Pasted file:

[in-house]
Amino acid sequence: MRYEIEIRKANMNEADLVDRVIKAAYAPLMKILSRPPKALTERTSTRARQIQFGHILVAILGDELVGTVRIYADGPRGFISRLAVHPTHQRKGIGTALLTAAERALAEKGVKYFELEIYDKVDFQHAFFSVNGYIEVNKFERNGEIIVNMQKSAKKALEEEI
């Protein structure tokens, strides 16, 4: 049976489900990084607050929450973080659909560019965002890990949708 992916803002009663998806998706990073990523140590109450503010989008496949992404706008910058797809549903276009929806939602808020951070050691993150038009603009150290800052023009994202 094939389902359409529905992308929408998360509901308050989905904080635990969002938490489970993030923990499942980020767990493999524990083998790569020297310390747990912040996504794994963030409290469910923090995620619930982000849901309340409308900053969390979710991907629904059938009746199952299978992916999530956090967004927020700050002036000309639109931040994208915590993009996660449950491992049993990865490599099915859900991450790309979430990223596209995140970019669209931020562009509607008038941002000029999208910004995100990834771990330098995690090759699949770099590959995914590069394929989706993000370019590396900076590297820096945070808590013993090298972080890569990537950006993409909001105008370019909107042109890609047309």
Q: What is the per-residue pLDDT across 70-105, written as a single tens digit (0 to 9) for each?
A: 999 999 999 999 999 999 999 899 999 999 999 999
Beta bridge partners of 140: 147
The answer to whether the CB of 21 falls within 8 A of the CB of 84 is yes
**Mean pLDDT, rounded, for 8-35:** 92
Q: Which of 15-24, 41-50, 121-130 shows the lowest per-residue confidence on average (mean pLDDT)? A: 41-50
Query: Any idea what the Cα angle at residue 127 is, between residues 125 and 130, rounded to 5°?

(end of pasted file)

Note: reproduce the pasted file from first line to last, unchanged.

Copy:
[in-house]
Amino acid sequence: MRYEIEIRKANMNEADLVDRVIKAAYAPLMKILSRPPKALTERTSTRARQIQFGHILVAILGDELVGTVRIYADGPRGFISRLAVHPTHQRKGIGTALLTAAERALAEKGVKYFELEIYDKVDFQHAFFSVNGYIEVNKFERNGEIIVNMQKSAKKALEEEI
């Protein structure tokens, strides 16, 4: 049976489900990084607050929450973080659909560019965002890990949708 992916803002009663998806998706990073990523140590109450503010989008496949992404706008910058797809549903276009929806939602808020951070050691993150038009603009150290800052023009994202 094939389902359409529905992308929408998360509901308050989905904080635990969002938490489970993030923990499942980020767990493999524990083998790569020297310390747990912040996504794994963030409290469910923090995620619930982000849901309340409308900053969390979710991907629904059938009746199952299978992916999530956090967004927020700050002036000309639109931040994208915590993009996660449950491992049993990865490599099915859900991450790309979430990223596209995140970019669209931020562009509607008038941002000029999208910004995100990834771990330098995690090759699949770099590959995914590069394929989706993000370019590396900076590297820096945070808590013993090298972080890569990537950006993409909001105008370019909107042109890609047309």
Q: What is the per-residue pLDDT across 70-105, written as a single tens digit (0 to 9) for each?
A: 999 999 999 999 999 999 999 899 999 999 999 999
Beta bridge partners of 140: 147
The answer to whether the CB of 21 falls within 8 A of the CB of 84 is yes
**Mean pLDDT, rounded, for 8-35:** 92
Q: Which of 15-24, 41-50, 121-130 shows the lowest per-residue confidence on average (mean pLDDT)? A: 41-50
Query: Any idea what the Cα angle at residue 127 is, between residues 125 and 130, rounded to 5°?